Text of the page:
The XML declarative language, with its adaptability and expressive power, is continuing to become the language of choice for reporting and classifying information. XML is a formal grammar that captures the syntactic features of a document type definition, and its properties, syntax, and applications are discussed effectively in this book. It covers XML as formalized by the W3C and the authors show how to use XML in Web-based and database applications. Readers who have developed applications in HTML will probably view XML as somewhat more abstract, since the visual representation of the content of a document is not emphasized in XML. Readers are expected to have a background in HTML, JavaScript, Java, and ASP in order to read the book. Although XML can be learned by reading the W3C specifications, these documents are frequently difficult reading, and this book makes the learning of XML much easier than reading these specifications. They include the W3C specifications for XML 1.0 in an appendix to the book for the interested reader. The book is a little dated, since the W3C has been updating XML specs since the time of publication (especially with regard to schemas), but there is a 2nd edition coming out soon.
In Chapter 1, XML is introduced as a mark-up language and its inherent extensibility emphasized. This is followed by a detailed treatment of XML syntax in the next chapter, with emphasis placed on the hierarchical nature of XML. The authors do include a discussion of Processing Instructions (PIs) for users who want to use XML in this fashion.
Document Type Definitions (DTD) are the subject of Chapter 3, where the authors communicate effectively how DTDs formal grammar is used to specify the structure and permissible values of XML documents.
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Format: Paperback
I have bought several xml books and this one has educated me, taught me and interested me the most. There's no doubt the Wrox technical books are a match to the Oreilley in terms of readability and thoroughness. This book is a little peculiar in that it is written by several people, each contributing a separate chapter. As an introduction, it probably wouldn't be too helpful (although that wouldn't be a problem for someone with a programming background). The strengths of the book (at least what I've read so far) is the discussion of sax v. dom, the section on business applications on edi (really interesting for me), and the great reference source in the back. Can you believe I have xeroxed the css list of command options in the back--amazingly useful? The variety of writers give a fresh perspective, which can be bad and good. With the exception of the first few chapters, which give a good overview, the rest of the chapters are a grabbag of subjects, including 4 case studies. These were very useful in learning xml. It also discussed WAP, which may or may not be useful, depending on how much enthusiasm there is for that standard. For variety's sake, I also bought, XML Unleashed, a bulky book with not as much organization, but just a lot of code (unlike the professional xml book, which really explained almost everything well). XML unleashed is helpful, because its topics really don't overlap with professional xml. It discusses SMIL, parsing xml with java xml tools on the market, using asp with xml and different subsets of xml (vml, and a variety of other specialized languages specific to one discipline. Unleashed is good because it contains discussions (albeit rather brief) of several different languages.Read more ›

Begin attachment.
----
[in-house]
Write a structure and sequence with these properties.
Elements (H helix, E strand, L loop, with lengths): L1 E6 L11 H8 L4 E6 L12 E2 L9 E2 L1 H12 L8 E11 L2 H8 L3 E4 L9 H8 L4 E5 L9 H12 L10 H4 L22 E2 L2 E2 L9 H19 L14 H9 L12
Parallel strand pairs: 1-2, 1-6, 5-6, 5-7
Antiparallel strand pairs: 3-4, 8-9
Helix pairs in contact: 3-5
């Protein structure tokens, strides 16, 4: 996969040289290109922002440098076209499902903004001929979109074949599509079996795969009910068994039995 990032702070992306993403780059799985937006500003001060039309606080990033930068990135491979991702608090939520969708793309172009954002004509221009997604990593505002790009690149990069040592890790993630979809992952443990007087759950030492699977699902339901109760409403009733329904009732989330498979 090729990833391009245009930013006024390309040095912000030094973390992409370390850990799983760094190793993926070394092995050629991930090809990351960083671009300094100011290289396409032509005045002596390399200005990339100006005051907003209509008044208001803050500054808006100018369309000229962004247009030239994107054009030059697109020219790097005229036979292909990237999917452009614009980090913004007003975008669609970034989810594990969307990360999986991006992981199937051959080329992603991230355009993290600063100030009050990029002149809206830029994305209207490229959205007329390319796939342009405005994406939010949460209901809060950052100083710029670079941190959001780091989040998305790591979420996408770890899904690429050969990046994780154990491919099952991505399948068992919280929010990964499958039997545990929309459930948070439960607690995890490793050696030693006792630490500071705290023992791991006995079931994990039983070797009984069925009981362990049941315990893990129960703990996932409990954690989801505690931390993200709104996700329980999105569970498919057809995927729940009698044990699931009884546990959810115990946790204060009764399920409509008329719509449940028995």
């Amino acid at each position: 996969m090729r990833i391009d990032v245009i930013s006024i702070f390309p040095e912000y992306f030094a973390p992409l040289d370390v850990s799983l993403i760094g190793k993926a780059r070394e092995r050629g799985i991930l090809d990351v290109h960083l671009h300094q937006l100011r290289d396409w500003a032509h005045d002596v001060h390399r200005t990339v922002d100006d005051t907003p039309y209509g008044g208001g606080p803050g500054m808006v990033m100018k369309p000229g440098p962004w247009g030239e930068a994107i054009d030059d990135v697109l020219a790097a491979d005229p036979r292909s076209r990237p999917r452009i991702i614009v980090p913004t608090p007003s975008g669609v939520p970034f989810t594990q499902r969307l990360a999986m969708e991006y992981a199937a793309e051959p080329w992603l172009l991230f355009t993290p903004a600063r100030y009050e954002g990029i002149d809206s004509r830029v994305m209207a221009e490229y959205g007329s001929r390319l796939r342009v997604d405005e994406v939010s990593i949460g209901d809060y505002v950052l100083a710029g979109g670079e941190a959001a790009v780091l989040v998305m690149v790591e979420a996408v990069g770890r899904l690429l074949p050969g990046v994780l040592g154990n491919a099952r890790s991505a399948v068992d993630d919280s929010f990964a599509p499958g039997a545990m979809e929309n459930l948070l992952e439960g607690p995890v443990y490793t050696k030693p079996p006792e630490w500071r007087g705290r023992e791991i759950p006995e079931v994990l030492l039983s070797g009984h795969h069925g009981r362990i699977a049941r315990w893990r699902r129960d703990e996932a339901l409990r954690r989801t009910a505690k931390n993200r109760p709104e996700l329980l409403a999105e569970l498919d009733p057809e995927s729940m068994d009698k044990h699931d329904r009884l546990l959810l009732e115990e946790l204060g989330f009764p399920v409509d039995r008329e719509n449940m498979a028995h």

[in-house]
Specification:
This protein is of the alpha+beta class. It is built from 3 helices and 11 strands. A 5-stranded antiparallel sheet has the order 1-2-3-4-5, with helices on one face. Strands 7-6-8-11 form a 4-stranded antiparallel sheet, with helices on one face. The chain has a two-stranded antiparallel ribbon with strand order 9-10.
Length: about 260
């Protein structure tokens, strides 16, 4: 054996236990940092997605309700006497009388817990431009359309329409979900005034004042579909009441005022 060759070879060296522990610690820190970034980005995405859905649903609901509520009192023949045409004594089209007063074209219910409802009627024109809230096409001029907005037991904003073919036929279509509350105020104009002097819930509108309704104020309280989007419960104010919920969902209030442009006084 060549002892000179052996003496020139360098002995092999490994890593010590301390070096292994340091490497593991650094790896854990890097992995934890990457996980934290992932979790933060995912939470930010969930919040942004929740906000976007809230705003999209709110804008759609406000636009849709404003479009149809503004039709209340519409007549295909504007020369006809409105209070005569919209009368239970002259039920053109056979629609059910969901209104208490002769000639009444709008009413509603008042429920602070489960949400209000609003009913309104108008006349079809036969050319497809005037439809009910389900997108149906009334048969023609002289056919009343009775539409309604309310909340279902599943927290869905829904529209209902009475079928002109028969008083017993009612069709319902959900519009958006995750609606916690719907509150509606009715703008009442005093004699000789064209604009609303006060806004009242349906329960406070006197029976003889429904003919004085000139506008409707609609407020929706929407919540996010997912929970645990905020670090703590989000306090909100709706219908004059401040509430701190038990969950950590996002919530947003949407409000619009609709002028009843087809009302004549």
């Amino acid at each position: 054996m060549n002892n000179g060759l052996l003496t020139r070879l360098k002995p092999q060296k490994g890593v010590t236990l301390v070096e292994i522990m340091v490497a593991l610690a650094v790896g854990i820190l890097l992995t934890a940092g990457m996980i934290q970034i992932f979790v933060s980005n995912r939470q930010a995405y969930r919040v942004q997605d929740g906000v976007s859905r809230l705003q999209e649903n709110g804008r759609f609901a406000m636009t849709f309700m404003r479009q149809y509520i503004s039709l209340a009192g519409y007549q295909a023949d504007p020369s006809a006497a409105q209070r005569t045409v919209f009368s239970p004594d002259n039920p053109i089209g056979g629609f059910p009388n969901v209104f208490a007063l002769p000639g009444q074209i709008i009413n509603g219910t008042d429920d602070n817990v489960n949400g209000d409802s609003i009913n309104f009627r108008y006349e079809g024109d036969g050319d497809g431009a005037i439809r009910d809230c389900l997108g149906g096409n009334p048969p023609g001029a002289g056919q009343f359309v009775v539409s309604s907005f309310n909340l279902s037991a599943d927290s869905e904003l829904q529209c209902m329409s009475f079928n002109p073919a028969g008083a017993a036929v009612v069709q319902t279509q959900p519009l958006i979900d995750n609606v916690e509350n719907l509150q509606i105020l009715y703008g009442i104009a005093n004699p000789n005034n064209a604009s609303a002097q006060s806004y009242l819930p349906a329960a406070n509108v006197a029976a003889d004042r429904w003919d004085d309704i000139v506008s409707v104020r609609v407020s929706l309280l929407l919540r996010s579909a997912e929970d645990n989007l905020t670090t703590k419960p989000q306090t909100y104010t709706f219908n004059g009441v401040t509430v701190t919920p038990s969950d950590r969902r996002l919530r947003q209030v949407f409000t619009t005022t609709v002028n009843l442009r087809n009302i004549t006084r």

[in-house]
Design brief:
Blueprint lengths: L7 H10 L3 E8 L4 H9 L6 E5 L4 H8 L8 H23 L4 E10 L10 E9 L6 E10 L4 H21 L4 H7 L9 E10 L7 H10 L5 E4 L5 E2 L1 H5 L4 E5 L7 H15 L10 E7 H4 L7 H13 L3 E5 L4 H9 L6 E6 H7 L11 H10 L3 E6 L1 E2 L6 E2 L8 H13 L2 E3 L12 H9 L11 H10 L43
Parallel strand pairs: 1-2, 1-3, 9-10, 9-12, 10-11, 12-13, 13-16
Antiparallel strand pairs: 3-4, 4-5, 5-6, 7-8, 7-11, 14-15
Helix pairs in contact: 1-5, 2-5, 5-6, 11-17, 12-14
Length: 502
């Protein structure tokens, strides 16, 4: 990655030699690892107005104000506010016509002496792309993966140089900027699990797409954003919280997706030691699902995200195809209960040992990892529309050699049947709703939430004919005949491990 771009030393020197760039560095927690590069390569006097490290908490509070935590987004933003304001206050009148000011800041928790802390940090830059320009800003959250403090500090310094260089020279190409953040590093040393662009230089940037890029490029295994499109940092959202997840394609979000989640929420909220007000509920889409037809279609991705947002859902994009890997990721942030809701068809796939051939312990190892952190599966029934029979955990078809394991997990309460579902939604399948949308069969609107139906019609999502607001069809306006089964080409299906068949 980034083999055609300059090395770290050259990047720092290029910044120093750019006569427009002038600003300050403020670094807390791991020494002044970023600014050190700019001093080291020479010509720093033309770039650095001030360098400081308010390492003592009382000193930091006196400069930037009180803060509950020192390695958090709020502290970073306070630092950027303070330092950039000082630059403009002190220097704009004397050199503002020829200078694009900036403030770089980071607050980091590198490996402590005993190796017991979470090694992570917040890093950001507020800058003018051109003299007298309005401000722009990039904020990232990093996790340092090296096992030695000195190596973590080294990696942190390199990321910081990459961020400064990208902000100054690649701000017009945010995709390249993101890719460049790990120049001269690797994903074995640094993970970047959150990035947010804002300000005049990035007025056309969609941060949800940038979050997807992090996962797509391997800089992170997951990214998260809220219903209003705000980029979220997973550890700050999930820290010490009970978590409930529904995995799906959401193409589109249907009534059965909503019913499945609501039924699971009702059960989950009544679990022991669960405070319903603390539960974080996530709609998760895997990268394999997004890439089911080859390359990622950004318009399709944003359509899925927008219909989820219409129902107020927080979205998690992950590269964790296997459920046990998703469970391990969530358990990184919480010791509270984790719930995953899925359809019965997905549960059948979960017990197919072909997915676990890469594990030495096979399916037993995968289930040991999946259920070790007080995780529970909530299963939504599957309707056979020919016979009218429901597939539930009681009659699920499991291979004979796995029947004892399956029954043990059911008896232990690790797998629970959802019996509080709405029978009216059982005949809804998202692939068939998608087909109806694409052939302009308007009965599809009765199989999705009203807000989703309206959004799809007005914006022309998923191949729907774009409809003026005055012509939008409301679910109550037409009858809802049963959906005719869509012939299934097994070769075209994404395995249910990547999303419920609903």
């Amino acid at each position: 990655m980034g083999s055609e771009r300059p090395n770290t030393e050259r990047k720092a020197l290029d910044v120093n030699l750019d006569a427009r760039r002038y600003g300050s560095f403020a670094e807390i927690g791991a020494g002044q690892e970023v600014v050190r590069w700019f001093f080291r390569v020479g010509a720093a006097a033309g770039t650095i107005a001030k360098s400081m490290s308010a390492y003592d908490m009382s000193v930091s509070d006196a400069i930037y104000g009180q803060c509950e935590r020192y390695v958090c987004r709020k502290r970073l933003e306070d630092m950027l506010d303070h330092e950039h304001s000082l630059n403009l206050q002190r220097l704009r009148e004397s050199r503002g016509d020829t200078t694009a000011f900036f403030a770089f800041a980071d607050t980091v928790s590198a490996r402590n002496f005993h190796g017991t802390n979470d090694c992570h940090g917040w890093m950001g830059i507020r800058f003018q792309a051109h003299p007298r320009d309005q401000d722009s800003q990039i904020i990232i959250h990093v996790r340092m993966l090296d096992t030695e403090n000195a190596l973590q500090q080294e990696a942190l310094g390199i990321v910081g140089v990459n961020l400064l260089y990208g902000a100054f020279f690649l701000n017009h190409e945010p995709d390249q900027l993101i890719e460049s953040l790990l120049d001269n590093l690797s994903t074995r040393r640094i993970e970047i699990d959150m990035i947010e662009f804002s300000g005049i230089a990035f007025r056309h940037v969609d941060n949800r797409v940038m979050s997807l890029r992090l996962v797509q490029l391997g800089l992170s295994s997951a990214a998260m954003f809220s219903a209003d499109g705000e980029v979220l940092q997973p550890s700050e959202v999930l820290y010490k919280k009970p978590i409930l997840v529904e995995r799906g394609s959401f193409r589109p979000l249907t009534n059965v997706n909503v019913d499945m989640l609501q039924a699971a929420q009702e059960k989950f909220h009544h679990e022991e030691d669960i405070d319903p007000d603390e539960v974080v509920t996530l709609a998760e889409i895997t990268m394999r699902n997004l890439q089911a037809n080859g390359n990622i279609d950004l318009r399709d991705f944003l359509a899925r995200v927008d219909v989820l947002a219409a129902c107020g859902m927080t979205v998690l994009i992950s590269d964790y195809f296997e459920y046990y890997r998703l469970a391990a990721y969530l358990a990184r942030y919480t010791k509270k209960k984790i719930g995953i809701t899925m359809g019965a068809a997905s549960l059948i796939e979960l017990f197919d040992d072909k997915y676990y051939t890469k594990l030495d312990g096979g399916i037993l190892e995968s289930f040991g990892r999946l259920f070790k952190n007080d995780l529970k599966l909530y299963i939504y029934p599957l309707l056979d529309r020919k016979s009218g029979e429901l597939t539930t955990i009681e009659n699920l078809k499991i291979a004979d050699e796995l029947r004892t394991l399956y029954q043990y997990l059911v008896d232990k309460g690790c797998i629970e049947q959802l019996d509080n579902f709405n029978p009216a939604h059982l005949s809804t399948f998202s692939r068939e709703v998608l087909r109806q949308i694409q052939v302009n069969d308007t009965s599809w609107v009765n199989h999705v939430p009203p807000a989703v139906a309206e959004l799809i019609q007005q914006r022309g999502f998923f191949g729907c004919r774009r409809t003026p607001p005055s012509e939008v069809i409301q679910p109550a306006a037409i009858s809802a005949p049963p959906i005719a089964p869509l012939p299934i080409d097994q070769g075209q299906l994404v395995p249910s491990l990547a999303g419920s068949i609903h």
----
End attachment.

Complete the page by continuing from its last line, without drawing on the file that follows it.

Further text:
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Format: Paperback
I've found this book very hard to understand as a first book on XML. If you know what XML is about but are looking for practical real-life exemples, look elsewhere. If you know XML and want to know everything about it's internal work and how to work with DTD, that would be your book.
I've also ordered the Professional XML IE5 Programmer's Reference at the same time and this book gave me an overview of what I can do with XML on the Internet and THEN I had an idea of what to do of the Professional XML book.
You have to ask you those questions : Do I need to know how to show XML with XSL, ASP, DHTML, HTML? If yes, look elsewhese first. Do I need an XML reference to know how to create XML files? If yes, look no further.